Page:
The Problems of Describing How Chronic Pain Feels.
One of the most difficult aspects of getting a diagnosis and appropriate treatment when you suffer from chronic pain, is the difficulty of expressing how the pain feels. Your doctor will inevitably ask you to describe your pain, and may offer suggestions such as burning, stabbing or aching to help you pinpoint the type of pain you are enduring. However, pain can be so variable, and the experience of it will be unique to the sufferer, so very often you may struggle to find the right words to describe what it is you’re feeling. It’s like trying to describe the peculiar noise your car is making to your mechanic – they will ask you if it’s a grinding, or a squealing, but you know it’s not really either of those. The solution is for the mechanic to take your car out for a drive and listen for the noise themselves, but when it comes to sharing your pain, your doctor can’t experience what you’re feeling.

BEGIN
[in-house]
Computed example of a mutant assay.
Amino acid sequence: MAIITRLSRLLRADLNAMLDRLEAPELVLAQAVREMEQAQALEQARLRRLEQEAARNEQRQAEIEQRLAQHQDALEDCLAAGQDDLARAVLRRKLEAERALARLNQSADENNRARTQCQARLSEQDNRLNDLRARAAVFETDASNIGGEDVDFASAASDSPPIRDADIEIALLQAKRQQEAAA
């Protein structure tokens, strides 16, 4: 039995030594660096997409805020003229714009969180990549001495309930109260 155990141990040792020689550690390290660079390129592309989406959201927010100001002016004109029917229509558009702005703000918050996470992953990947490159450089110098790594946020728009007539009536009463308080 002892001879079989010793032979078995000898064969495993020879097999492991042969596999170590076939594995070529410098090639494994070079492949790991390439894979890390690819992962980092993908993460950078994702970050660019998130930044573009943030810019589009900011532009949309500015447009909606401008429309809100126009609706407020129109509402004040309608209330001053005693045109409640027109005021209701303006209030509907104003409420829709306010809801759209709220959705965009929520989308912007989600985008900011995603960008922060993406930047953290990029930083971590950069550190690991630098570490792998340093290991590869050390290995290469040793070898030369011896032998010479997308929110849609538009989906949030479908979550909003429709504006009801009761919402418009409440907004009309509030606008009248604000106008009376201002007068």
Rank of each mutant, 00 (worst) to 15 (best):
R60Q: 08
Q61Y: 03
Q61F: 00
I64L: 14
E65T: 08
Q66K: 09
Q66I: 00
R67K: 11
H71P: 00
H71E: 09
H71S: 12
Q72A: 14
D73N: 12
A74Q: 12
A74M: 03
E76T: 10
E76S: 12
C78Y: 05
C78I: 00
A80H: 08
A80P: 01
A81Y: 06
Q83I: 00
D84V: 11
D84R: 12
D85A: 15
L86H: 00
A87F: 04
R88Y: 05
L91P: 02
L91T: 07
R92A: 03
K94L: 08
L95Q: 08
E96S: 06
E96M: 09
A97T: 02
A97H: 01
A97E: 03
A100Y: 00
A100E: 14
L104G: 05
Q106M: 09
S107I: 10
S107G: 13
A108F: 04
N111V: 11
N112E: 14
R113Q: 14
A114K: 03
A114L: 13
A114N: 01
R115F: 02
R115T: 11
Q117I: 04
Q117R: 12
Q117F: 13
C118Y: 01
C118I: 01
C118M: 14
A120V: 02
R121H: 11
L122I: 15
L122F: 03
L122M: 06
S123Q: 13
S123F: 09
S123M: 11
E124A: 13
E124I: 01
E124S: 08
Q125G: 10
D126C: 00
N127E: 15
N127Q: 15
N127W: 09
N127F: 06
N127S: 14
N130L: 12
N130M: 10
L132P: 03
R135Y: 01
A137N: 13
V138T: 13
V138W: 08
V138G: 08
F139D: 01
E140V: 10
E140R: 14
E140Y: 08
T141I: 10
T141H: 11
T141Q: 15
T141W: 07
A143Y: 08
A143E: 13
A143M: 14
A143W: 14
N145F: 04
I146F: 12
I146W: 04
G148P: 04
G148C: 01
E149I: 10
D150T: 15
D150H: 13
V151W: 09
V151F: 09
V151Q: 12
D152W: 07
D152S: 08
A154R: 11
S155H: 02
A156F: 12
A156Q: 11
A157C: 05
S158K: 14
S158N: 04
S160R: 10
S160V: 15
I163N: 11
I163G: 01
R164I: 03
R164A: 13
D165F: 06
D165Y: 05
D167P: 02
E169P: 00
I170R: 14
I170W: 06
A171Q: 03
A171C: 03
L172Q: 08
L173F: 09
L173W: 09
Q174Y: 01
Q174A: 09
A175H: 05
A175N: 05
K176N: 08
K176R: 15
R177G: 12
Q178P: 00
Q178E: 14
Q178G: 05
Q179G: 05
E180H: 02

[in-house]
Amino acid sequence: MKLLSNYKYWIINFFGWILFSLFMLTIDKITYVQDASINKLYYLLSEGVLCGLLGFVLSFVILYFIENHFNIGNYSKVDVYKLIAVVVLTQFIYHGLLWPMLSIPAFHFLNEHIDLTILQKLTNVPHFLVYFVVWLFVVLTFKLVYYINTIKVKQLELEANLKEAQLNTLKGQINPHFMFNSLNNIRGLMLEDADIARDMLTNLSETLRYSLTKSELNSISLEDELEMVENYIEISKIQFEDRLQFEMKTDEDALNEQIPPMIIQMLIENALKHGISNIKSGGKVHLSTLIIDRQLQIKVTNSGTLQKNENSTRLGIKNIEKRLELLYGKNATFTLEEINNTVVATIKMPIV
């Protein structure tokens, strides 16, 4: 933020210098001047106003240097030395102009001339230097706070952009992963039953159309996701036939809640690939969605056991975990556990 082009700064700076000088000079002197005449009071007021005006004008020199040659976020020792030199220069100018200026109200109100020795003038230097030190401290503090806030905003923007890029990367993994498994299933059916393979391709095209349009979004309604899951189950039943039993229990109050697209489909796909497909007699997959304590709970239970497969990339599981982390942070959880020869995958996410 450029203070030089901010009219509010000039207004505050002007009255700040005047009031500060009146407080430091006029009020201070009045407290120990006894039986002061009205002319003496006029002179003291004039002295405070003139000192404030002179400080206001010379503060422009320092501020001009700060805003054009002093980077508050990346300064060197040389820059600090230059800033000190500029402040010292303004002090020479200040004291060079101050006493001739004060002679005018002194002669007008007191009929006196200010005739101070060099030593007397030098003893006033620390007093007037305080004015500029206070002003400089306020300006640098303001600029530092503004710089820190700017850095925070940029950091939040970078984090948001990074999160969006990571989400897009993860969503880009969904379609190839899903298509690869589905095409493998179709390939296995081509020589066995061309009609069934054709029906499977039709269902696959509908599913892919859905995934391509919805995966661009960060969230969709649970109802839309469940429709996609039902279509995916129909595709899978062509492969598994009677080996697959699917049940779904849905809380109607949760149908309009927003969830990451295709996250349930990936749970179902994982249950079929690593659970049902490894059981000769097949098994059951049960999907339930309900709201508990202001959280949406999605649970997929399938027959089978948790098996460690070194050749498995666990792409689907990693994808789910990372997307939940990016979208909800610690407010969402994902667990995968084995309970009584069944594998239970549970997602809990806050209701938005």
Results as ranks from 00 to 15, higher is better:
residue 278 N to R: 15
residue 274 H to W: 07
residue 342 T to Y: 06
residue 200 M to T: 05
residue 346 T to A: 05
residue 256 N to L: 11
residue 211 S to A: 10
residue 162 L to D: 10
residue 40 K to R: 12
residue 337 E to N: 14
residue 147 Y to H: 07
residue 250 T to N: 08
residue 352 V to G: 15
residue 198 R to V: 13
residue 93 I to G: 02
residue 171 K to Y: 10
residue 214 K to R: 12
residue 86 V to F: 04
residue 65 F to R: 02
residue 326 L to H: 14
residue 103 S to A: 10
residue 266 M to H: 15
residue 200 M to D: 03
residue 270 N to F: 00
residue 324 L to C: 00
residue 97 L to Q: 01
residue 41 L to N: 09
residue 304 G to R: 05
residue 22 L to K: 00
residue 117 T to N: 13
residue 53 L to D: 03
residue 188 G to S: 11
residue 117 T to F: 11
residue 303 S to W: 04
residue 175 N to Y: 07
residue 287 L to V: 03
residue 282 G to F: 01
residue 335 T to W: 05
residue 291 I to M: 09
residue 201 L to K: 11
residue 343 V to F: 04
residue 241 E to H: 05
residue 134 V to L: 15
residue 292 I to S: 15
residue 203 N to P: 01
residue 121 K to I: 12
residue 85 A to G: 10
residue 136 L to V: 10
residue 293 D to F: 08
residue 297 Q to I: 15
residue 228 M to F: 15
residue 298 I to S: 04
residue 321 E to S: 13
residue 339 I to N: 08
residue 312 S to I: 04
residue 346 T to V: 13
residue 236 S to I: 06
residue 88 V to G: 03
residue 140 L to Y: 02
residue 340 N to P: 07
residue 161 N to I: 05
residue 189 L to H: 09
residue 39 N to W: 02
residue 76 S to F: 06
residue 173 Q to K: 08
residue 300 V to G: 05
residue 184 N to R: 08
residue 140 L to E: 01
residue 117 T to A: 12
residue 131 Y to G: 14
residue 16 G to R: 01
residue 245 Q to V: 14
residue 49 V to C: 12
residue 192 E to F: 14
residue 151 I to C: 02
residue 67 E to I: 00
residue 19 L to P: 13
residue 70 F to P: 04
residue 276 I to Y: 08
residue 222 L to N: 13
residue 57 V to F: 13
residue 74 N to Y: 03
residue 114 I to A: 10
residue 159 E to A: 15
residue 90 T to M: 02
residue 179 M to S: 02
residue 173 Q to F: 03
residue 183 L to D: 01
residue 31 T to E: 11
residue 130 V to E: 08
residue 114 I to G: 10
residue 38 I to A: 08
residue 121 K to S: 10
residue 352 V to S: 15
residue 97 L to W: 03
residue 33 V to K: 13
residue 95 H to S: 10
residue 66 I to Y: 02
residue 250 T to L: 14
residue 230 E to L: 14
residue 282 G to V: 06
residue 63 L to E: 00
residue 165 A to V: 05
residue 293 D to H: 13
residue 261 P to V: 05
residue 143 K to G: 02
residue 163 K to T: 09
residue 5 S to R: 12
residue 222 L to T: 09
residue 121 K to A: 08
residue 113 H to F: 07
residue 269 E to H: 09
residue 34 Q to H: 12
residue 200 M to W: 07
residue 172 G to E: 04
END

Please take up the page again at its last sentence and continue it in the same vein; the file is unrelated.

Getting to Grips with Carpal Tunnel Syndrome
Wrist pain, pins and needles and loss of grip could be due to carpal tunnel syndrome.
If you’re getting pain in your hands, numbness or pins and needles at night, and find you can’t grip as well as you used to, you might start to worry about arthritis. It’s the logical candidate for these kinds of symptoms, but don’t assume it’s responsible in your case – get yourself checked out by your doctor. You could be suffering from ligament strain in the arm or neck, or have pinched or inflamed nerves in the neck, and it’s important to ascertain the cause of your symptoms to ensure you receive the appropriate treatment. One of the most common causes of these symptoms is a condition called Carpal Tunnel Syndrome.